Category: Child Abuse

Co-Parenting a Child with Special Needs

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Co-Parenting a Child with Special Needs

Divorce can be stressful for the children involved, but this is especially true when the children have special needs. While all divorcing parents must find a way to put their children’s needs ahead of any animosity toward their ex-spouse, parents of children with special needs have an even more pronounced obligation to be open to working together for the good of their special needs child.

Experts often advise divorcing parents to focus on what is best for their children when making childrearing decisions. This advice is the perfect starting point for any co-parenting arrangement, but a divorcing couple with a special needs child has additional requirements for cooperation as well.

Create a Parenting Plan

A clear parenting plan provides a list of agreed-upon priorities for both parents to use as a guide to keep them on track to provide their children the best care possible. Parenting plans should include a list of your parenting goals, such as supporting your child’s efforts in school, recreational activities, and social engagements.

As parents of a special needs child, your parenting plan should address such issues as education, diet, and medical or behavioral treatment plans, including therapy appointments and home modifications to accommodate your child’s needs. The plan should address these immediate needs, as well as a long-term care plan for your child’s future.

Strive for Consistency

Children with ADHD, Autism, or anxiety disorders often find comfort in consistency. Divorce upends a lot of the consistency in a child’s life, so it is important to create stability where you can. Routines help and having a consistent schedule for morning, bedtime, and homework routines can provide a sense of comfort. Discipline and other parenting approaches should also be streamlined where possible. A professional can help determine what concessions should be made by both parents to help them stay focused on the outcomes most beneficial to their child.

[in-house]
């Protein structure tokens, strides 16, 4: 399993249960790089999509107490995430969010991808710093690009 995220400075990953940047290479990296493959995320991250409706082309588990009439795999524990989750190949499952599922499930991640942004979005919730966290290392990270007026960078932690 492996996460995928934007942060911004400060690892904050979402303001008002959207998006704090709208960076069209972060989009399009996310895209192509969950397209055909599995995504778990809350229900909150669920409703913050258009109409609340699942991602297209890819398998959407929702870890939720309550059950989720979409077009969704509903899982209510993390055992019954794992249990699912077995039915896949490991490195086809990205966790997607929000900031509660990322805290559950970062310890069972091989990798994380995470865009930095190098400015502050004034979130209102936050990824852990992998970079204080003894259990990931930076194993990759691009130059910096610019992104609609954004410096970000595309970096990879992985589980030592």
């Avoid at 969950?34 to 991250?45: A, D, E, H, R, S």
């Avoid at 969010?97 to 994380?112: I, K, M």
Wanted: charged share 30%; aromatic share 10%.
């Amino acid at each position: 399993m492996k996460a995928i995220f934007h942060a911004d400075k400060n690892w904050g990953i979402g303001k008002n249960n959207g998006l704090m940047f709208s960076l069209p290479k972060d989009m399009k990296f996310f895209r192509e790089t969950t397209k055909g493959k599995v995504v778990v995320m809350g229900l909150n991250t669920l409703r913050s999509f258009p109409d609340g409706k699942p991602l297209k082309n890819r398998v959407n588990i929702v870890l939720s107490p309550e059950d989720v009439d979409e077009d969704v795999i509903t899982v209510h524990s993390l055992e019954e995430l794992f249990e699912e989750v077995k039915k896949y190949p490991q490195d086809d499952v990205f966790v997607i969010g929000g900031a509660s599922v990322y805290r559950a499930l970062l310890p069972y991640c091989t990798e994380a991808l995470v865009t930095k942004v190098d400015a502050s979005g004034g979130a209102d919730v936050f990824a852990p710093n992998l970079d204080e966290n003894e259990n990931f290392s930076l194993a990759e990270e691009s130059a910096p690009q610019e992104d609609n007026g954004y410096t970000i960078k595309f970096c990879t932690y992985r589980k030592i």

Share Tips and Work Together

In many families, one parent acts as the primary caregiver. That can work when the marriage is intact, but when the family is split between two homes, the primary caregiver parent should be willing to work with the ex-spouse to make the child’s life comfortable in the secondary home. While it may make sense for the primary caregiver to request a larger share of custody, it can still help to provide helpful advice for the times when the other parent has the child.

Child Support

Raising children is expensive. The added costs of accommodating a child with special needs can become overwhelming if the costs are not shared. The child support arrangement should address the added costs of your child’s special care.

Somerville Child Support Lawyers at Lyons & Associates, P.C. Help Clients Arrange Support for Special Needs Children

In families of divorce, parenting responsibilities are usually a major ongoing concern. Divorcing parents have additional concerns when it comes to caring for a child with special needs. The Somerville child support lawyers at Lyons & Associates, P.C. help families figure out the best way to work together to support the needs of their children by working out a feasible parenting plan and a fair child support arrangement. Contact us online or call us at 908-575-9777 to set up a free consultation. With offices in Somerville and Morristown, New Jersey, we serve clients throughout Somerset, Woodbridge, Parsippany, Rockaway, Short Hills, Chatham, Randolph, Madison, and Morris Plains.

Being Falsely Accused of Child Abuse

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Being Falsely Accused of Child Abuse

Mendham family law lawyers fight for clients who are falsely accused of child abuse.For many parents engaged in a bitter custody battle, one of the biggest fears is being accused of child abuse by the other parent. Victims of false allegations often experience shock and fear as they face an investigation and potential removal of their children. By taking the following action steps, falsely accused parents can put this nightmare behind them as quickly as possible.

Seek Legal Assistance Immediately

The consequences of being accused of child abuse or neglect are serious. As the safety of children is always the foremost concern, there is a real possibility one’s children may be removed from the accused’s custody once an allegation is made. Judges typically suspend all visitation during this time. Only when an investigation fails to uncover evidence of abuse will the falsely accused parent’s visitation and custody rights be reinstated.

Being separated from one’s child is just the beginning of the nightmare for many falsely accused individuals. Child abuse convictions, especially those involving allegations of sexual abuse, will haunt an individual for the rest of his or her life. A conviction of child sexual abuse results in significant jail time, mandatory reporting, and significant fines. Finding employment becomes extremely difficult with a child sexual abuse conviction on one’s record.

To avoid any of these consequences, individuals falsely accused of child abuse should immediately contact an experienced family law attorney who can protect their rights during any DCPP investigation. Attempting to navigate this complex area of family law without the assistance of an experienced family law attorney can be disastrous for the accused and his or her children.

Cooperate with the Investigation